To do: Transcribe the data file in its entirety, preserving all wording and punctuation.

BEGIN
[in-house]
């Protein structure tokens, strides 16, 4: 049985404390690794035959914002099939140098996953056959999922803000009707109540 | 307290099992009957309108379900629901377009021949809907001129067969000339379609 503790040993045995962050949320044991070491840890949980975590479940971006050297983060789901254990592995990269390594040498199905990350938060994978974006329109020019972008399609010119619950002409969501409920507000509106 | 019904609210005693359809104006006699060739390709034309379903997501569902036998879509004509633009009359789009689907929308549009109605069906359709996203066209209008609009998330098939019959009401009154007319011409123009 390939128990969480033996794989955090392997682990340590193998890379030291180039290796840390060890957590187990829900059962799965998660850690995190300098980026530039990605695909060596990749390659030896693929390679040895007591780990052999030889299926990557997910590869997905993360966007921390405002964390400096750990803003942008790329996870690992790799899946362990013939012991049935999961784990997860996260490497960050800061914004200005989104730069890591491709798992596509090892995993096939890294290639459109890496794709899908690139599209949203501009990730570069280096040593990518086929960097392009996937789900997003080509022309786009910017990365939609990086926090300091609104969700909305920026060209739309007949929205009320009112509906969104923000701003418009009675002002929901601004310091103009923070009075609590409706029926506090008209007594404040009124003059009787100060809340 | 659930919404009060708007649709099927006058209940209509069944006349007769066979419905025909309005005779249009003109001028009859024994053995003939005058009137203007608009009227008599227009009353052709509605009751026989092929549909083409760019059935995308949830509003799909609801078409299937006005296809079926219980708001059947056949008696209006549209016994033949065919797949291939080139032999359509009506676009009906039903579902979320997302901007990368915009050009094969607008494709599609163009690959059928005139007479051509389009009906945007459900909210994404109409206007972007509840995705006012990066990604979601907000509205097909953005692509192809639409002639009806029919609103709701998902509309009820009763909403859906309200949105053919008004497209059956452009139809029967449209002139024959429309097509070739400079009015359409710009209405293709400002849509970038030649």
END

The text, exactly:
[in-house]
């Protein structure tokens, strides 16, 4: 049985404390690794035959914002099939140098996953056959999922803000009707109540 | 307290099992009957309108379900629901377009021949809907001129067969000339379609 503790040993045995962050949320044991070491840890949980975590479940971006050297983060789901254990592995990269390594040498199905990350938060994978974006329109020019972008399609010119619950002409969501409920507000509106 | 019904609210005693359809104006006699060739390709034309379903997501569902036998879509004509633009009359789009689907929308549009109605069906359709996203066209209008609009998330098939019959009401009154007319011409123009 390939128990969480033996794989955090392997682990340590193998890379030291180039290796840390060890957590187990829900059962799965998660850690995190300098980026530039990605695909060596990749390659030896693929390679040895007591780990052999030889299926990557997910590869997905993360966007921390405002964390400096750990803003942008790329996870690992790799899946362990013939012991049935999961784990997860996260490497960050800061914004200005989104730069890591491709798992596509090892995993096939890294290639459109890496794709899908690139599209949203501009990730570069280096040593990518086929960097392009996937789900997003080509022309786009910017990365939609990086926090300091609104969700909305920026060209739309007949929205009320009112509906969104923000701003418009009675002002929901601004310091103009923070009075609590409706029926506090008209007594404040009124003059009787100060809340 | 659930919404009060708007649709099927006058209940209509069944006349007769066979419905025909309005005779249009003109001028009859024994053995003939005058009137203007608009009227008599227009009353052709509605009751026989092929549909083409760019059935995308949830509003799909609801078409299937006005296809079926219980708001059947056949008696209006549209016994033949065919797949291939080139032999359509009506676009009906039903579902979320997302901007990368915009050009094969607008494709599609163009690959059928005139007479051509389009009906945007459900909210994404109409206007972007509840995705006012990066990604979601907000509205097909953005692509192809639409002639009806029919609103709701998902509309009820009763909403859906309200949105053919008004497209059956452009139809029967449209002139024959429309097509070739400079009015359409710009209405293709400002849509970038030649």